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Reasons increase to check authenticity of electronic components

"Don't judge a book by its cover" has never been more apt among electronics components as it is now. Electronic components' exterior packages may look alike, but the leads may contain lead when the systems manufacturer is seeking to comply with lead-free requirements, or the chip inside may be a counterfeit bought more cheaply by a third-party manufacturer, or a tape or bin of parts may just have been accidentally swapped at the dock or assembly line.  "De-lidding" is an increasingly popular service to ensure that the parts used are the parts specified; the lid of a component package is lifted and a metallurgical microscope with software for a camera hook-up is used to capture images of the die inside the package, to check for authentic identification.

Some of the best-known manufacturers in the world can think they have one type of part, and then discover - or not - that the part is not what they thought. The stakes for making errors are higher in light of corporate customers (such as Sony, Nokia, Motorola) and global regions (such as the European Union - the RoHS Directive) requiring more benign substances as a condition for sale.  "We received parts from a customer seeking our lead-free conversion process, and we discovered that those parts were already lead-free," reports Joel Deutsch, President of E-Certa, a company offering de-lidding and lead-conversion services.

Name-brand electronic-product companies' increasing reliance on distant component suppliers and contract manufacturers increases risk of counterfeit parts going into end products.  In a Technology Forecasters Inc. study[1] of risks faced when outsourcing manufacturing, the name-brand companies' operations executives and managers interviewed gave the risk of "unrevealed replacement of AVL parts with lower cost components" an average likelihood rating or 28% and the severity rating of 75%.  The study's respondents gave significantly higher risk percentages when outsourcing manufacturing to companies in China.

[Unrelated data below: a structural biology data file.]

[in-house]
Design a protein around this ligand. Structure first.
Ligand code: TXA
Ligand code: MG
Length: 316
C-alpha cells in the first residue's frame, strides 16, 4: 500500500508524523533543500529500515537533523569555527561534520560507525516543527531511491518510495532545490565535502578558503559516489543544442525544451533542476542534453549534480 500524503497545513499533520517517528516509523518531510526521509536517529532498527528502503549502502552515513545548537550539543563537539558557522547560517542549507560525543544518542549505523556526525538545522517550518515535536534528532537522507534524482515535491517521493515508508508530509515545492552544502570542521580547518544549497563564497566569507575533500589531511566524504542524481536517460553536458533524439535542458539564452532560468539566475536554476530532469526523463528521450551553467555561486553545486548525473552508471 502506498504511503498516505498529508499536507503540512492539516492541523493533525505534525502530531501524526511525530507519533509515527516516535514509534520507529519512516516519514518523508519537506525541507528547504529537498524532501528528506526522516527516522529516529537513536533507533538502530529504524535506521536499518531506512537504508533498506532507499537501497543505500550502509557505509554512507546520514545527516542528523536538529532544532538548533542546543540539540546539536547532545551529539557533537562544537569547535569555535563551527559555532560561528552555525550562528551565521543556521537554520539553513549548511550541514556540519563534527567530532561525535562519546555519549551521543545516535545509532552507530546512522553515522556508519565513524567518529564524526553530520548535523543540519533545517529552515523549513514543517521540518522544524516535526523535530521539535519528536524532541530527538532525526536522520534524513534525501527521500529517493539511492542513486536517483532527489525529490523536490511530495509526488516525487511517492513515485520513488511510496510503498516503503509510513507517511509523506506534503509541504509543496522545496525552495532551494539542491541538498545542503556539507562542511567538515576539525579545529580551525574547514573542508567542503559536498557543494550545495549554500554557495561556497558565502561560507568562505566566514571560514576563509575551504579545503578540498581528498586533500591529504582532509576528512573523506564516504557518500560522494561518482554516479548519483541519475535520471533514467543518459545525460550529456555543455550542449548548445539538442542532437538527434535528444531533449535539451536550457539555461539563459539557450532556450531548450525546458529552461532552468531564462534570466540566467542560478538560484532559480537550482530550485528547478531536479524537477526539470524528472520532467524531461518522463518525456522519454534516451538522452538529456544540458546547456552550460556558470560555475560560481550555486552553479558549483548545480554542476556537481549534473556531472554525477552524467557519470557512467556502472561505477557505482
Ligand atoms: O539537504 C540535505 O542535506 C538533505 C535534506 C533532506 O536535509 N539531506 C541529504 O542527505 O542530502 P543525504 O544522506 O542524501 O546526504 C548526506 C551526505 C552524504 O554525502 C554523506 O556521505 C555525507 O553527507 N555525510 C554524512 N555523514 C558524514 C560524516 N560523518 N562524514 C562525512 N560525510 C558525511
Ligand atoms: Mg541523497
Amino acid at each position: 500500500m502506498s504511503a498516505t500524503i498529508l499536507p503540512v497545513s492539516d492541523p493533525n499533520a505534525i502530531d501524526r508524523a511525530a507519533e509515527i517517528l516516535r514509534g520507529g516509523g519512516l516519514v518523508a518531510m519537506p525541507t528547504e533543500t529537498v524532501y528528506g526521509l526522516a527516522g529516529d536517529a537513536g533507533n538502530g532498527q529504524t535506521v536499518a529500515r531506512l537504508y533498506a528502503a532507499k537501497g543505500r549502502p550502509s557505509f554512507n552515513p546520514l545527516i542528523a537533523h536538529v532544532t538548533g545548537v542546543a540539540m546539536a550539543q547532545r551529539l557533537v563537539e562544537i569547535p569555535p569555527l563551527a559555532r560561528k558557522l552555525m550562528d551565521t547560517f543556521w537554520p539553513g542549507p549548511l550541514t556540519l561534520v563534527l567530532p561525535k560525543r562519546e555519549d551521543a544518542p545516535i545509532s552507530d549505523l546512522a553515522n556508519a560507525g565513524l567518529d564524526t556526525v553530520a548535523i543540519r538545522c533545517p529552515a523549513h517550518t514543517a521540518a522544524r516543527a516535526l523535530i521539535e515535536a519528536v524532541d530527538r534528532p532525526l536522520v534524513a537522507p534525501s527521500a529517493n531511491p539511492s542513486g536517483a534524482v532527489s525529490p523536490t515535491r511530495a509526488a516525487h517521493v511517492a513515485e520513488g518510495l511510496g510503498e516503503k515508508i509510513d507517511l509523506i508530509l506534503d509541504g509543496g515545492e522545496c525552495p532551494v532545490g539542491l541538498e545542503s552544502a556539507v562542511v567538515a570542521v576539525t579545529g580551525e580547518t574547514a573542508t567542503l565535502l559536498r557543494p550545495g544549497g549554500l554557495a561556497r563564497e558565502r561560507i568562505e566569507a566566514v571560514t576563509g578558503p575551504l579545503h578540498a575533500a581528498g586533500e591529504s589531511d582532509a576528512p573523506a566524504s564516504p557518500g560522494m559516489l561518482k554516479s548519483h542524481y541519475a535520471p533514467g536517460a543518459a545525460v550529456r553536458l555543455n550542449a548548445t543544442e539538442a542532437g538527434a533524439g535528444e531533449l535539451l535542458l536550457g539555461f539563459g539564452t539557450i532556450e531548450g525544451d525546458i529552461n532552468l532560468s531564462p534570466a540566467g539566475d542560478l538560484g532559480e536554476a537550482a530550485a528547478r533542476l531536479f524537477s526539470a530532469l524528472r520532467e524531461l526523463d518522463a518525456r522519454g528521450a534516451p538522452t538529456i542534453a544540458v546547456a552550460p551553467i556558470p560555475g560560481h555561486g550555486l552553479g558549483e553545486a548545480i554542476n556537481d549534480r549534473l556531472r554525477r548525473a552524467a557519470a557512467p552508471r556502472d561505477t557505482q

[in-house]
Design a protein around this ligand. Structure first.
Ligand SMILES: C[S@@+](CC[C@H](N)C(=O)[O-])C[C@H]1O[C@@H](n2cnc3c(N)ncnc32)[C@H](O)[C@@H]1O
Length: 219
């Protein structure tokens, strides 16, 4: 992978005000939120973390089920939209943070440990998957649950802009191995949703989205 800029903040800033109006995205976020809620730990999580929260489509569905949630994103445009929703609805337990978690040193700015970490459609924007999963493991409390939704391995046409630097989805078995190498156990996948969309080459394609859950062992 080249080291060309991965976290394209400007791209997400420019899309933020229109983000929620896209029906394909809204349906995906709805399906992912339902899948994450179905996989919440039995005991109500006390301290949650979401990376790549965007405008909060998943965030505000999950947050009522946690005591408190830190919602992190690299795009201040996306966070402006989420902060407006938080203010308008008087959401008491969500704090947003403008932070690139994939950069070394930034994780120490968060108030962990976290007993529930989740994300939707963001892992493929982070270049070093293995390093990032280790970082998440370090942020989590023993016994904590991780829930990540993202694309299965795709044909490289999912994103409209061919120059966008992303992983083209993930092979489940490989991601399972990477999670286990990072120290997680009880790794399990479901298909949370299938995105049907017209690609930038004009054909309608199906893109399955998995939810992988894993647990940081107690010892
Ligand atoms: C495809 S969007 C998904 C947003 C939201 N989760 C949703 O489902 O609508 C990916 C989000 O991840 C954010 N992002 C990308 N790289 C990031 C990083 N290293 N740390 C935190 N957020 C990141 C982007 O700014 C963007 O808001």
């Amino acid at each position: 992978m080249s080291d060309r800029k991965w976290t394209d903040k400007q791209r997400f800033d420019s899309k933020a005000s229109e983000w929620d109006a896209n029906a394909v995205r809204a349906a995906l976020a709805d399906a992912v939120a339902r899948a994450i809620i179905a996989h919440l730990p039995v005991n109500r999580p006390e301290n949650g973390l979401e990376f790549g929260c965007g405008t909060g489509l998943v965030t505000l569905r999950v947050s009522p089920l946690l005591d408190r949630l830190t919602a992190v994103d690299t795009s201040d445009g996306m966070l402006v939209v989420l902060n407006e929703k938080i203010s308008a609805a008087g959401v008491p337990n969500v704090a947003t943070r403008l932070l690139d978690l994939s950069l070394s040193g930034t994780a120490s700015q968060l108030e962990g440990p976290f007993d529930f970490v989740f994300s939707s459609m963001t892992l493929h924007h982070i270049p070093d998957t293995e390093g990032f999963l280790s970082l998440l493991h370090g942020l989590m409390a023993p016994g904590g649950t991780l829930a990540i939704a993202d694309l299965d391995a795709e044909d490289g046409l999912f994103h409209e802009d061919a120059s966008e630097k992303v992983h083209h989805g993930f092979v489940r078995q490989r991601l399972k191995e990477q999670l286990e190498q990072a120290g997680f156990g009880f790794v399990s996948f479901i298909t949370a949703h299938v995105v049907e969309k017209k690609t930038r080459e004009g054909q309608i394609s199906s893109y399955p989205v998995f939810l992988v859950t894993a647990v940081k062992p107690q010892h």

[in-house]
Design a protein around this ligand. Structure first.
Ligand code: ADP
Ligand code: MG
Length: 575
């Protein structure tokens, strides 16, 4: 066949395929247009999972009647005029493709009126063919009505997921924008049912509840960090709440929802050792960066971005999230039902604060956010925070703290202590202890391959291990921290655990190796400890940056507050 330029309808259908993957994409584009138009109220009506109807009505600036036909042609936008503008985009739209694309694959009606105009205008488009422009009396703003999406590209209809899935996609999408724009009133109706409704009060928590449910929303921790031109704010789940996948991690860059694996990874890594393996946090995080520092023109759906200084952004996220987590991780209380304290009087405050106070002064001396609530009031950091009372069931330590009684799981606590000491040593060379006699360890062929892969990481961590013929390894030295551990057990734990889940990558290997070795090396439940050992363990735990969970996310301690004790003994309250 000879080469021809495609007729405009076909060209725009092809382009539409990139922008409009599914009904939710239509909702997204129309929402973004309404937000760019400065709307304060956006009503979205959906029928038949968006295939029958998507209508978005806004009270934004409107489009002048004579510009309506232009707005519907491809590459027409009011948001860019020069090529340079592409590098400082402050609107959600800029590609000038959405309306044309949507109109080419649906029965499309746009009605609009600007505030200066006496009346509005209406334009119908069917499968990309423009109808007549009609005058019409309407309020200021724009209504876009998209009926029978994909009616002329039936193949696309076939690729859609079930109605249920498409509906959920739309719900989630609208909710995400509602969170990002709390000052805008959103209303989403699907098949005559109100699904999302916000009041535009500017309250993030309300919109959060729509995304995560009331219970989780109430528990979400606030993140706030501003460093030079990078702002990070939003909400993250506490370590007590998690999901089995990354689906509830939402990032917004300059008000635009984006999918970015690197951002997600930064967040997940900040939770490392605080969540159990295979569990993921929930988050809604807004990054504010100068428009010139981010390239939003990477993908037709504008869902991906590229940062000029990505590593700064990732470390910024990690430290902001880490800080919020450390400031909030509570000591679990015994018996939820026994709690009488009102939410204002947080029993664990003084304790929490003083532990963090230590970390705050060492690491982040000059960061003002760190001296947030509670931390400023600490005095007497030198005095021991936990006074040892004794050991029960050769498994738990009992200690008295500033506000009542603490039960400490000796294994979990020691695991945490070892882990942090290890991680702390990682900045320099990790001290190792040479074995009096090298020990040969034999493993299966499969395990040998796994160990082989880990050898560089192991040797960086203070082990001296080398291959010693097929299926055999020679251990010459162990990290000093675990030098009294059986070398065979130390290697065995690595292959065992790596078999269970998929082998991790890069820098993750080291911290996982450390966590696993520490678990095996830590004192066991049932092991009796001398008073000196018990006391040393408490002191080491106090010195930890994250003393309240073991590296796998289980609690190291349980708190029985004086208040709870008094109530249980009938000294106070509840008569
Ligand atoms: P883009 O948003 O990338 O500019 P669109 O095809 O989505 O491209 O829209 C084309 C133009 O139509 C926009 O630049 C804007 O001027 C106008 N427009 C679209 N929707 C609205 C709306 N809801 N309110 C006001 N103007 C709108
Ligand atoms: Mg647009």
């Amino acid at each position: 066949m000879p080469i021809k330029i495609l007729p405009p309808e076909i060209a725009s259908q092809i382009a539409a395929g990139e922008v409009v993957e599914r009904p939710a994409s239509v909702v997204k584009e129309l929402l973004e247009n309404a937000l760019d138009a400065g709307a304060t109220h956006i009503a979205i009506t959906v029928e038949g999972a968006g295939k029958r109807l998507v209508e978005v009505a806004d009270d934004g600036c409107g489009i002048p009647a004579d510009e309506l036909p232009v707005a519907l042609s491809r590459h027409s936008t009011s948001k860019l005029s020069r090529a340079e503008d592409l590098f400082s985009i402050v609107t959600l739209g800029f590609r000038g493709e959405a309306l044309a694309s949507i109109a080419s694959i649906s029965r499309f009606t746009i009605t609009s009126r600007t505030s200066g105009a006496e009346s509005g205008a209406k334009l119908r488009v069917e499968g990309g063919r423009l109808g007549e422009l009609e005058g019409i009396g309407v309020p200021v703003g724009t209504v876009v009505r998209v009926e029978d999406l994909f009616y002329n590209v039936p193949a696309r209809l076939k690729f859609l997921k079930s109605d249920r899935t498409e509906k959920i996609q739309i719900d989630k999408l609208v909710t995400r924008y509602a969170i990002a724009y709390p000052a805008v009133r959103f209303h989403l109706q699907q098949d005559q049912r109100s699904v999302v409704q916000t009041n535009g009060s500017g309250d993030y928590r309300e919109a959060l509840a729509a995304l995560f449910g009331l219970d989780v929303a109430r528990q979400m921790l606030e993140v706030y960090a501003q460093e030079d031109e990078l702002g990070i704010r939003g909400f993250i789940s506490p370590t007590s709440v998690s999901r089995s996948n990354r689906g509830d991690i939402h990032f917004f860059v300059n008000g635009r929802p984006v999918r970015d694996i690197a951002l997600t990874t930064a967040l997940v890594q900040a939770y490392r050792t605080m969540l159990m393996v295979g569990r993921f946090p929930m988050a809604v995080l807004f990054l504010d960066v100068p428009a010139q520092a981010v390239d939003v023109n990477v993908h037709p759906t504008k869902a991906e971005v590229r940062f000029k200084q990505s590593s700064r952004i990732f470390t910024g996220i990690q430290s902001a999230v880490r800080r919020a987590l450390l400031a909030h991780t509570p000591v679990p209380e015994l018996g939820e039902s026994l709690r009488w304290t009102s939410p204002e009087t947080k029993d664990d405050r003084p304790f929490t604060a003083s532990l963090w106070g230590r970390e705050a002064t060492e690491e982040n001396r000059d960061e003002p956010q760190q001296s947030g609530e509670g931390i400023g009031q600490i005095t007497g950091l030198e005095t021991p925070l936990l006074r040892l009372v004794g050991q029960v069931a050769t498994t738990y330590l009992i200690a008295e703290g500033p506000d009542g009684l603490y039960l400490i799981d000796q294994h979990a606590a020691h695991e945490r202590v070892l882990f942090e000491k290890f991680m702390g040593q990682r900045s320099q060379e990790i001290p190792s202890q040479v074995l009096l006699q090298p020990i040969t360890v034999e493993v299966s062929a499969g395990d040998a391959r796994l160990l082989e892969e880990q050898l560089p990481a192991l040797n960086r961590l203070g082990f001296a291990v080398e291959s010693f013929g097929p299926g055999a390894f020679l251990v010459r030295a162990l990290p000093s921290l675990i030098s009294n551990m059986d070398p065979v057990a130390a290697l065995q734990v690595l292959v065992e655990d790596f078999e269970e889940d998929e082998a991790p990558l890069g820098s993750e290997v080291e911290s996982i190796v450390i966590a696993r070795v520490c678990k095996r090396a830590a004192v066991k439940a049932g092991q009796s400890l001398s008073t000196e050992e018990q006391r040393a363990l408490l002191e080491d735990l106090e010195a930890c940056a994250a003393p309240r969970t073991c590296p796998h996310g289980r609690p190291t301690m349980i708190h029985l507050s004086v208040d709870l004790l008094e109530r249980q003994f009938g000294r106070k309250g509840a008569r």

"Using our 400 to 600 times microscope," says Deutsch, "we can view the die to see if the brand logo and part number (p/n) match. We also can check top-ink integrity,  corrosion, house number part identification, and small markings for 'green' components. In some cases, part-numbers are marked only on the tiny die, and not on the exterior component package."

Early customers of de-lidding service have been manufacturers of electronic products for military and aerospace applications.  Today, the service is in demand as well from commercial-product companies who prefer this sleuth approach to having a counterfeit or wrong part being discovered by customs officials, a competitor, or a customer owning to product failure.

E-certa is a bonded, turnkey operation, with cooperating technologies and facilities, combined to provide the following services:

De-lidding for component verification
Component lead conversion (pb-free to pb, and pb to pb-free)
Material declaration
Material content searchable database
Reclaim/reuse conversion
XRF testing for compliance
Marking services
Lead scan and condition
Bake and dry pack
Tape and reel
Consignment
Donations to C3501 (Earth for Humanities)
WEEE Recycling

For more information go to www.e-certa.com.


[1] Risk Reduction For OEMs Through Planning and Best Practices, Prepared for Technology Forecasters Inc. Quarterly Forum for Electronics Manufacturing Outsourcing and Supply Chain, June 2004.

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